9

1. The Guardian of the Seraglio, 1878 by Eduard Charlemont

2. The Prayer , 1865 by Jean-Léon Gérôme

3. Babylonian marriage market 1875 by Edwin Long


4.  A Moorish Bath, 1870 by Jean-Léon Gérôme


5. The 1798 Egyptian Expedition Under the Command of Bonaparte, 1835 by Léon Cogniet

6. The Day after a Victory at the Alhambra, 1882 by Jean Joseph Benjamin Constant

7. The Women of Algiers, 1834 by Eugène Delacroix


8. Market in Jaffa, 1887 by Gustav Bauernfeind


9. Slaves for Sale, 1873 by Jean-Léon Gérôme

5

Amalia Lindegren’s idyllic childhood paintings were a far cry from her own early days. She was born on May 22, 1814 in Stockholm. The death of her mother left her a destitute at the age of three and the widow of her biological father became her custodian. Though surrounded by affluence, her position in the family of her foster parent was humiliating. She received a good enough education appropriate for the girls of that time and practised charcoal paintings at her home. A chance acquaintance with sculptor Carl Gustaf Qvarnström opened the gateway of the world of art for her.

Amalia Lindegren became the first woman from her country to receive a scholarship for studying art in Paris. She received training in the studios of such French artists as Léon Cogniet. Besides, she studied in Düsseldorf and Munich before proceeding to Rome. Indeed her skills were much influenced by the Düsseldorf school of painting. She became an established artist by the time of her return to Stockholm in 1856. Her paintings of contented domestic scenes were much in demand. She was awarded Litteris et Artibus in Sweden and became members of Royal Swedish Academy of Arts and British Female Artists Society before her death on December 27, 1891.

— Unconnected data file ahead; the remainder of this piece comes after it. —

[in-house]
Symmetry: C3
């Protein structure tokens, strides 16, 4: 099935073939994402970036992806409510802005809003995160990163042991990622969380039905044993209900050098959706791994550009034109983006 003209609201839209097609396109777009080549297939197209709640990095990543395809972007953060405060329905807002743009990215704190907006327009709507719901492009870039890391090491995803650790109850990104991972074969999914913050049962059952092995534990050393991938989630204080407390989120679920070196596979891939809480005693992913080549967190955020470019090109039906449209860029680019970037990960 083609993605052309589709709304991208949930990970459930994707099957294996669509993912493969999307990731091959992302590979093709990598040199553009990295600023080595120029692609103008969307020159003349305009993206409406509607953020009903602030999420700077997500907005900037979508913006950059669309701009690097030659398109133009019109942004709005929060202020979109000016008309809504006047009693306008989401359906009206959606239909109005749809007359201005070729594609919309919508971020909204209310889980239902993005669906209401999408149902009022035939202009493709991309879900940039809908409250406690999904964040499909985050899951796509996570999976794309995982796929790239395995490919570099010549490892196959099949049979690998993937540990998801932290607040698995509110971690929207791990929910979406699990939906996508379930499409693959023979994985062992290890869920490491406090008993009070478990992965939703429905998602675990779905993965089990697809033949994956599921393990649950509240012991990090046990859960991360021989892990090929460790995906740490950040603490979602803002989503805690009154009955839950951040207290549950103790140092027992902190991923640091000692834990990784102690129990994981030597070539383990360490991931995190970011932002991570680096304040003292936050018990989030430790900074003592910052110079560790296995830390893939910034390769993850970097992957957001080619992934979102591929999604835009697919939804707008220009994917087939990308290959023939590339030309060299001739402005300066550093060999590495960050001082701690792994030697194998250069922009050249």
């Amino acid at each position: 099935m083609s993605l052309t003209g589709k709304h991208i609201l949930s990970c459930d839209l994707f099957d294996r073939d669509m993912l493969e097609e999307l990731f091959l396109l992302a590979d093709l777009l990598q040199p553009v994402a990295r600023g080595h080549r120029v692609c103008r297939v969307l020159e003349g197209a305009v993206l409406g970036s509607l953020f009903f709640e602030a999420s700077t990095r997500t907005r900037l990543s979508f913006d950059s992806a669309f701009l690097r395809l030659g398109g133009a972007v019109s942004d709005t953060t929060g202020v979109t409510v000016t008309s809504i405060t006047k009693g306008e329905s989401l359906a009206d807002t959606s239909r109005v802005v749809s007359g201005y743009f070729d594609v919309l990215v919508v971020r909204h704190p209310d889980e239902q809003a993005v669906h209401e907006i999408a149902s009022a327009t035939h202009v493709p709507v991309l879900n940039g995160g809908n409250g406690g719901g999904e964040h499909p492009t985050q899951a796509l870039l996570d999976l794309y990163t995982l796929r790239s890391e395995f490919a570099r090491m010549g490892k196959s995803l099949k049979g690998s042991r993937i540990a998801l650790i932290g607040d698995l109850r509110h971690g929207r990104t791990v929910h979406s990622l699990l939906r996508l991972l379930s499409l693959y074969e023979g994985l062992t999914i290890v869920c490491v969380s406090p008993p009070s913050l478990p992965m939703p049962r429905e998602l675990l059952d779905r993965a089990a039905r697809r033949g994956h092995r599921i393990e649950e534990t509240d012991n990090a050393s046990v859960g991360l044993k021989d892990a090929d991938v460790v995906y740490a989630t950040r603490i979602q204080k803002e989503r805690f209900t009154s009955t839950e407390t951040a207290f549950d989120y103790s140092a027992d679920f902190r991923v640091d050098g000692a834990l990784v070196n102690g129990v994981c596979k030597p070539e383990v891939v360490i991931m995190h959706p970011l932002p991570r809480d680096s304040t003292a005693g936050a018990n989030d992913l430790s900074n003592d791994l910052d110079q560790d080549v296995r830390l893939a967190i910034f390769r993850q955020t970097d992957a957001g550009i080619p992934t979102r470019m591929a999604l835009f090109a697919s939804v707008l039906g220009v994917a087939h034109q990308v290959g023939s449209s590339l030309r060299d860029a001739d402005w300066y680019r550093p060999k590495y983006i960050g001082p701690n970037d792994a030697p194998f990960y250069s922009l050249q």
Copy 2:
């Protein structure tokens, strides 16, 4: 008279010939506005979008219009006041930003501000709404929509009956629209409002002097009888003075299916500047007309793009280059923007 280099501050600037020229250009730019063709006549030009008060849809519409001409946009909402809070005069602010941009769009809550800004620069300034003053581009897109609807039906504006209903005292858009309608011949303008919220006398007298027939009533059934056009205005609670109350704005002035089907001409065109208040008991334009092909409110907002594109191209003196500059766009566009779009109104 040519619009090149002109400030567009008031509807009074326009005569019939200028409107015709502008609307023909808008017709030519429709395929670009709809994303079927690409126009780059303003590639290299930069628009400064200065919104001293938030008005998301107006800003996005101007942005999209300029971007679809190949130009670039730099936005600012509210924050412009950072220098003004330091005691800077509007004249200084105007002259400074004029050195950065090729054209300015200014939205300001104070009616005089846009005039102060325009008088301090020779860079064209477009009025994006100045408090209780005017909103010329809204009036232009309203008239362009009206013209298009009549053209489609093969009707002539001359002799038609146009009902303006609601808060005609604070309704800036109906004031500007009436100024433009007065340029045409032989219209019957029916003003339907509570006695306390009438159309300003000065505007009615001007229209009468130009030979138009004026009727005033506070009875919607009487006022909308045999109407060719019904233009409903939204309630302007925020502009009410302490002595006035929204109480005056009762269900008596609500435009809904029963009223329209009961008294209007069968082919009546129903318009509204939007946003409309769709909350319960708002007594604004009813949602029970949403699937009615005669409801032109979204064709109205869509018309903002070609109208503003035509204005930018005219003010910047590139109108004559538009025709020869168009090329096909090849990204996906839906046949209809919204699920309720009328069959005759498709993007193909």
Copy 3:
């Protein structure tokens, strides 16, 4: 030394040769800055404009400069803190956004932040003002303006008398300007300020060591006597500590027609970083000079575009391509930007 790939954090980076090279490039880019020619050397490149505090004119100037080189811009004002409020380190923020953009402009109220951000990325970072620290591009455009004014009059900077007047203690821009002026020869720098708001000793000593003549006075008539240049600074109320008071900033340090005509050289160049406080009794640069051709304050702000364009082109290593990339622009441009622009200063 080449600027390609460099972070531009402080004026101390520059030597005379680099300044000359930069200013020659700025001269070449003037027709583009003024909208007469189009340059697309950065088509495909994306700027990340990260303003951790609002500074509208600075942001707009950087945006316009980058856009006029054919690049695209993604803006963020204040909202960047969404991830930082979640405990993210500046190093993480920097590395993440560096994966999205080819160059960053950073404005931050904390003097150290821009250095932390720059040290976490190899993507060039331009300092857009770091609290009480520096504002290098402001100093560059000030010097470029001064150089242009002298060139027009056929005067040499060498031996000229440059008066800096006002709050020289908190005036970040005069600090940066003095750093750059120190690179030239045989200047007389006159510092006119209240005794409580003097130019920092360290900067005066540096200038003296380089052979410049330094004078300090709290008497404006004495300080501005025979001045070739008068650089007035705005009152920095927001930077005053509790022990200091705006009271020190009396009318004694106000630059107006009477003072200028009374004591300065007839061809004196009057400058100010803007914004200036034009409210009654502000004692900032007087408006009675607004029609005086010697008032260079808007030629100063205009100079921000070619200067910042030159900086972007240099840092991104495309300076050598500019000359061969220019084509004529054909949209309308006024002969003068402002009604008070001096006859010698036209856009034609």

“Massacre of the Innocents” (1824) by Léon Cogniet (French, 1794-1880) According to the bible, Herod the Great, the Roman appointed King of the Jews, ordered the execution of all young male children in and around the city of Bethlehem, so as to avoid the loss of his throne to a newborn King of the Jews whose birth had been announced to him by the Magi. Contemporary estimates are that some 1000 people were in the area at the time, which would statistically mean some 20 infants, not some huge biblical spectacle often portrayed. Cogniet paints an extremely intimate picture – the stark depiction of a terrified mother about to lose her child. While medieval and renaissance painters showed head-hacking, skull-bashing and infant-tossing, Cogniet shows only the fear of a nameless woman and her child.

Cogniet was a French historical and portrait painter. He decorated several ceilings in the Louvre and the Halle de Godiaque in the Hôtel de Ville, Paris, and a chapel in the Church of the Madeleine

Text
Photo
Quote
Link
Chat
Audio
Video